Shouldn’t Umno apologise to Sabah and Sarawak?
The unity government must embark on a path common to all, not one that favours a select few.
Joe Samad, Free Malaysia Today
Seeing that Umno Youth is demanding that DAP apologise to the party, Sabah and Sarawak should do likewise and ask Umno to do the same and apologise to the Borneo states. Let me explain why.
To frame the argument, we need to refer to Pakatan Harapan’s (PH) GE14 manifesto. Its foreword was signed by Dr Mahathir Mohamed on March 8, 2018. As we all know, Mahathir was prime minister and Umno president for 22 years between 1981 and 2003.
The Pakatan Harapan manifesto reads:
“Sabah and Sarawak are rich in natural resources, such as oil, gas and timber. But the wealth of Sabah and Sarawak has been exploited and plundered by Umno and Barisan Nasional to enrich the peninsula, while the East Malaysian states remain among the poorest in Malaysia. This inequality will cease when Pakatan Harapan comes to power.
“Our government will increase petroleum royalty to Sabah and Sarawak to 20 per cent or its equivalent as a first step in distributing petroleum revenue equitably. This will enable Sabah and Sarawak to take over responsibilities for more development expenditure.
“The demands of the people of Sabah and Sarawak were based on the 1963 Agreement. The Malaysia Agreement has not been heeded by the Umno led Barisan Nasional government until today. In every election campaign, Umno and BN have promised many changes and reforms. However, this is merely a bait. Post-election, promises remain just that, while large shares of East Malaysia’s wealth are channelled to the federal coffers.
“In their greed, BN has undermined the rights of Sabahans and Sarawakians guaranteed under the 1963 Malaysia Agreement. These rights have been set aside for decades.”
Mahathir, Umno’s leader for more than two decades, has admitted that Sabah and Sarawak’s riches were plundered to contribute to the development of Peninsular Malaysia.
Unlike the arrogant Umno Youth, the Borneo states are not seeking an apology; Sabah and Sarawak are demanding restitution in monetary terms for failure of the federal government to fulfil promises made during the formation of Malaysia.
They are demanding their monetary rights under the Federal Constitution by way of grants, taxes and an increase in oil royalty. Umno is not alone in breaking promises. Even the previous PH administration failed to honour its promise of a 20% oil royalty.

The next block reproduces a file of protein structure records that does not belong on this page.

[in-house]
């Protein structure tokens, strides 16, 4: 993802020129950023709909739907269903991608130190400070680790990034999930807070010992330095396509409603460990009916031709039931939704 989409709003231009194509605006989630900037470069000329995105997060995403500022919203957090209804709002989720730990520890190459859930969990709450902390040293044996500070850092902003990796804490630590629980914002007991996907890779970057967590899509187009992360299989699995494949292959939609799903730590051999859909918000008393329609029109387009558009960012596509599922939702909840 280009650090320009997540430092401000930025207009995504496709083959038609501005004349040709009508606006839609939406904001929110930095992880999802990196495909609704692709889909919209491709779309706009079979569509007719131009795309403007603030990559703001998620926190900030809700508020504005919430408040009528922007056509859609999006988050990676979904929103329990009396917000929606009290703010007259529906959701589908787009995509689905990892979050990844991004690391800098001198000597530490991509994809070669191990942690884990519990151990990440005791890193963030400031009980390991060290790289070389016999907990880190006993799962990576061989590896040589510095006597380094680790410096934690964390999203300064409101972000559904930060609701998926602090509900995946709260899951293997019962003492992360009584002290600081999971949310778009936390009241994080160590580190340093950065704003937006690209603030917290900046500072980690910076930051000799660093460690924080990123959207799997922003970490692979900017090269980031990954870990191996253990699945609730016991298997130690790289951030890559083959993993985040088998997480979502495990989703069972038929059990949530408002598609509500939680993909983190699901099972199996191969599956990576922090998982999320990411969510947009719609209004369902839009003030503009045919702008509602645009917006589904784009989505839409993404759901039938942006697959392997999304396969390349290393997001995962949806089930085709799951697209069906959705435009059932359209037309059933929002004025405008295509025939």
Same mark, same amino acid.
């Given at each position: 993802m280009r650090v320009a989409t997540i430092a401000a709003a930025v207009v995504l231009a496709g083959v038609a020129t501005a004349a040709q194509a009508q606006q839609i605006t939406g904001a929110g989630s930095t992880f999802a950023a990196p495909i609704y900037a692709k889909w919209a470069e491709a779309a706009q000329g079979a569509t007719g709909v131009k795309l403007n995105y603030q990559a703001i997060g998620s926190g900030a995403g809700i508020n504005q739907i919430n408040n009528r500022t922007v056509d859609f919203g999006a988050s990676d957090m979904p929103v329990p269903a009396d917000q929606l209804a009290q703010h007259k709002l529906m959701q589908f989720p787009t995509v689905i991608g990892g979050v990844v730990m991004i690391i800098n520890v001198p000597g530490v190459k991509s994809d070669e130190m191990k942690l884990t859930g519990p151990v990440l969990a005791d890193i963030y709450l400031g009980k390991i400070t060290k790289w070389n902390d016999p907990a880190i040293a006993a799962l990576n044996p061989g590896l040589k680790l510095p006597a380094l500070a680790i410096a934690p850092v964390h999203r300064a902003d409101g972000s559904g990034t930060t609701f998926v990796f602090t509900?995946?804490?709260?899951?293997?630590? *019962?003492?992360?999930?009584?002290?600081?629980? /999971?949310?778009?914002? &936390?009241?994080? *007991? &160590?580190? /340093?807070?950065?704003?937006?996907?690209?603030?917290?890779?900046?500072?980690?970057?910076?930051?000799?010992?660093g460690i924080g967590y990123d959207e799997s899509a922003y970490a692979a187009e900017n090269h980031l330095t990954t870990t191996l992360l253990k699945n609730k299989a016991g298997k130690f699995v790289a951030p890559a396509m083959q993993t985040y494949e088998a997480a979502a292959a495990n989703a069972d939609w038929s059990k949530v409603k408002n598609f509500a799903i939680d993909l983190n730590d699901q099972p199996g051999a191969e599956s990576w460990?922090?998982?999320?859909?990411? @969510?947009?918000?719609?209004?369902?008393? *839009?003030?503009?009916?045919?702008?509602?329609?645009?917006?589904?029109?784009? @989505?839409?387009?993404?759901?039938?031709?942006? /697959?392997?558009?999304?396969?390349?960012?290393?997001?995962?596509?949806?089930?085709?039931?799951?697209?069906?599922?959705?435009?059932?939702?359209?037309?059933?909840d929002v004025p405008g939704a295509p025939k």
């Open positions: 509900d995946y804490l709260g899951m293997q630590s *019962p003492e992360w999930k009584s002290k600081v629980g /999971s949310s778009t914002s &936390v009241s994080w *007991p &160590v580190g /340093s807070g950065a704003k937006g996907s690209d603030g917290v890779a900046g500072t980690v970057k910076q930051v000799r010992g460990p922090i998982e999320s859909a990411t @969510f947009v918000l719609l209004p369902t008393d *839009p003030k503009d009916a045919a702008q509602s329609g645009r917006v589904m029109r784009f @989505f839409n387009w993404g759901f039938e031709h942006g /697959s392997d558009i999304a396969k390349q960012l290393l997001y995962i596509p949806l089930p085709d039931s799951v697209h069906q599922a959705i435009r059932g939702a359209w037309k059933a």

Umno has ruled Sabah for several decades. Yet, even today, the state has the highest poverty rate in the nation. Instead of focusing on the plight of the poor, Umno Youth still displays a feudal mindset.
Umno’s grouses with DAP are insignificant compared to the damage it has done to Sabah and Sarawak. Apart from plundering the Borneo states, Umno has been guilty of playing the race and religion card to split the nation.
The “Allah” dispute is still raw in Sabah and Sarawak, but already Sarawak’s premier Abang Johari Openg has announced his government’s plans to amend the state’s shariah ordinance to address the issue of Muslim apostasy administratively.
This is a bold move by the Sarawak government. Abang Johari pointed out that at present, a court ruling must be obtained for the national registration department to officially recognise that a Muslim has left Islam.
GPS had previously rejected the entry of Peninsular-based parties such as Umno and PAS because it did not want religious and sensitive issues to be played out in the state. Abang Johari said issues such as the controversy over the whiskey named “Timah” would not arise in Sarawak due to the culture of tolerance practiced in his state.
Our founding fathers showed great foresight by retaining immigration control in Sabah and Sarawak, allowing both state governments to deny entry to religious bigots who spew hatred and discontent among communities for their own ends.
For Malaysia, religion and politics are still very much interlinked. Political Islam is still a driving force. Giving a bigger role to Jakim is a step in the wrong direction given that it is a controversial department with one of the biggest budgets. Even the Sultans have criticised the role Jakim plays and have banned state religious authorities from dealing with the department.
With a big annual budget of RM1.5 billion, why do we still hear the narrative that Islam is under threat? Why have so many bored Muslim youth turned into mat rempits, basikal lajak riders and drug addicts? Years of indoctrination and Islamic teachings have made no impact on them.
Using one-third of Jakim’s budget to alleviate poverty in Sabah and Sarawak will surely accelerate development in both states.
Anwar Ibrahim’s Madani government is contradicting itself by giving Jakim a bigger role in policymaking. It is only doing so to compete with the “holier than thou” parties like PAS.
“Madani” as people understand it, stands for sustainability, care and compassion, respect, innovation, prosperity, and trust. Giving more power to Jakim does not further any of those ideals.
In the previous government, Jakim was placed under the purview of the Conference of Rulers. That should be the case as the rulers are the heads of religion in their respective states. This new move by the Madani government, however, threatens to override the powers of the Sultans.
Malaysian politicians should move away from using race and religion to score points over each other. The unity government must embark on a path common to all, not one that favours a select few.